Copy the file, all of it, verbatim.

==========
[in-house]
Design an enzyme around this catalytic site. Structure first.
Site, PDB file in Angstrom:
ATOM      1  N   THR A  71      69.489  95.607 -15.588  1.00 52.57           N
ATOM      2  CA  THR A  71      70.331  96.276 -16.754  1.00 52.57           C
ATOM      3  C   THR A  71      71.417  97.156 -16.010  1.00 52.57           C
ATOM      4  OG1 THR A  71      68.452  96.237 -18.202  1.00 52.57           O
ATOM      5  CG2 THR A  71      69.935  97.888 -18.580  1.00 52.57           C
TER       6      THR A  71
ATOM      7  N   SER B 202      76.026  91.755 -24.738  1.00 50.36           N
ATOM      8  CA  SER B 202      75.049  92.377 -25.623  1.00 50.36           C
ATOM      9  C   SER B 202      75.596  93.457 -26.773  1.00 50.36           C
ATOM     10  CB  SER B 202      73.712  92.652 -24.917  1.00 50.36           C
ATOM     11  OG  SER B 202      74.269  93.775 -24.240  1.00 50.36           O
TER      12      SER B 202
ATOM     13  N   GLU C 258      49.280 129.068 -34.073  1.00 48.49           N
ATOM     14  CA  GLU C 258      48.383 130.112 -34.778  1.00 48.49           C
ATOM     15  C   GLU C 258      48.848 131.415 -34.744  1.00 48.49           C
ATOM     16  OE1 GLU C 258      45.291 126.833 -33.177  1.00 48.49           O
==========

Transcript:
[in-house]
Design an enzyme around this catalytic site. Structure first.
Site, PDB file in Angstrom:
ATOM      1  N   THR A  71      69.489  95.607 -15.588  1.00 52.57           N
ATOM      2  CA  THR A  71      70.331  96.276 -16.754  1.00 52.57           C
ATOM      3  C   THR A  71      71.417  97.156 -16.010  1.00 52.57           C
ATOM      4  OG1 THR A  71      68.452  96.237 -18.202  1.00 52.57           O
ATOM      5  CG2 THR A  71      69.935  97.888 -18.580  1.00 52.57           C
TER       6      THR A  71
ATOM      7  N   SER B 202      76.026  91.755 -24.738  1.00 50.36           N
ATOM      8  CA  SER B 202      75.049  92.377 -25.623  1.00 50.36           C
ATOM      9  C   SER B 202      75.596  93.457 -26.773  1.00 50.36           C
ATOM     10  CB  SER B 202      73.712  92.652 -24.917  1.00 50.36           C
ATOM     11  OG  SER B 202      74.269  93.775 -24.240  1.00 50.36           O
TER      12      SER B 202
ATOM     13  N   GLU C 258      49.280 129.068 -34.073  1.00 48.49           N
ATOM     14  CA  GLU C 258      48.383 130.112 -34.778  1.00 48.49           C
ATOM     15  C   GLU C 258      48.848 131.415 -34.744  1.00 48.49           C
ATOM     16  OE1 GLU C 258      45.291 126.833 -33.177  1.00 48.49           O